No matter how experienced an artist is, preparing to go on stage can bring heightened anxiety. For Lucia, lying down with her eyes closed and listening to Ludovico Einaudi is the answer to this. "I find it helps me to relax after a tech session and centre myself for the performance ahead. It’s a bit like a meditation. In the last few minutes before going on stage I shake. A full body shake that gathers the energy I need and dispels any nervous tension. I wrote and recorded a piece on this shaking practice, Where Calm Once lived, for the Still/Moving blog from Liz Roche Company in 2020."

When it comes to a piece of work or performance that is particularly memorable for Lucia, she recalls performing in Philip Connaughton's Tardigrade in the 2018 Dublin Fringe Festival. "It was described as a sensory overload - lots of layers of colour and sounds and movement colliding and it was just so much fun to be part of that creation and to perform with a big cast of gorgeous and hilarious people. I did also meet my future husband during that festival time and invited him to see the show (which he did!) so it’s understandable, I suppose, that it holds a special place for me."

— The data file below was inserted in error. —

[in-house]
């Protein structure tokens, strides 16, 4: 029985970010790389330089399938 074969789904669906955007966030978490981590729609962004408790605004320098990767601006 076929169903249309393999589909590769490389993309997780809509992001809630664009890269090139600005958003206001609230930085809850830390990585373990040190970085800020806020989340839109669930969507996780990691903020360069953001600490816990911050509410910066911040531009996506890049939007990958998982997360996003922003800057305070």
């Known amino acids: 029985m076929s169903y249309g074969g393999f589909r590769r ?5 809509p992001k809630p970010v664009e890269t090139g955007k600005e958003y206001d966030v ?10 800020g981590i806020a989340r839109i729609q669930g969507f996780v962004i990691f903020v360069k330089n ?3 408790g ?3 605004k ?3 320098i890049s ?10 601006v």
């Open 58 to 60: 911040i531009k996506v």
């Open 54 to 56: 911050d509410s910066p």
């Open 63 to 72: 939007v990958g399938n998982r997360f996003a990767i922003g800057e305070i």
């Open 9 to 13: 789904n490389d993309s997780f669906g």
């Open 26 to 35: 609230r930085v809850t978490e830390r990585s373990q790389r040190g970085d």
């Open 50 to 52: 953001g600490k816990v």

Tobi Omoteso

You may be surprised to learn that Tobi Omoteso – the street dance artist and creator of the ever popular Top 8 Street Dance Battle – is actually an engineer by day. He works in the area of Software, Network & Automation Engineering and says that he enjoys it as much as being on stage!

For Tobi, the enforced restrictions of the past year have brought some welcome changes to his life too. He says that his favourite lockdown indulgence has been "spending time with myself, my family & training time with my daughter."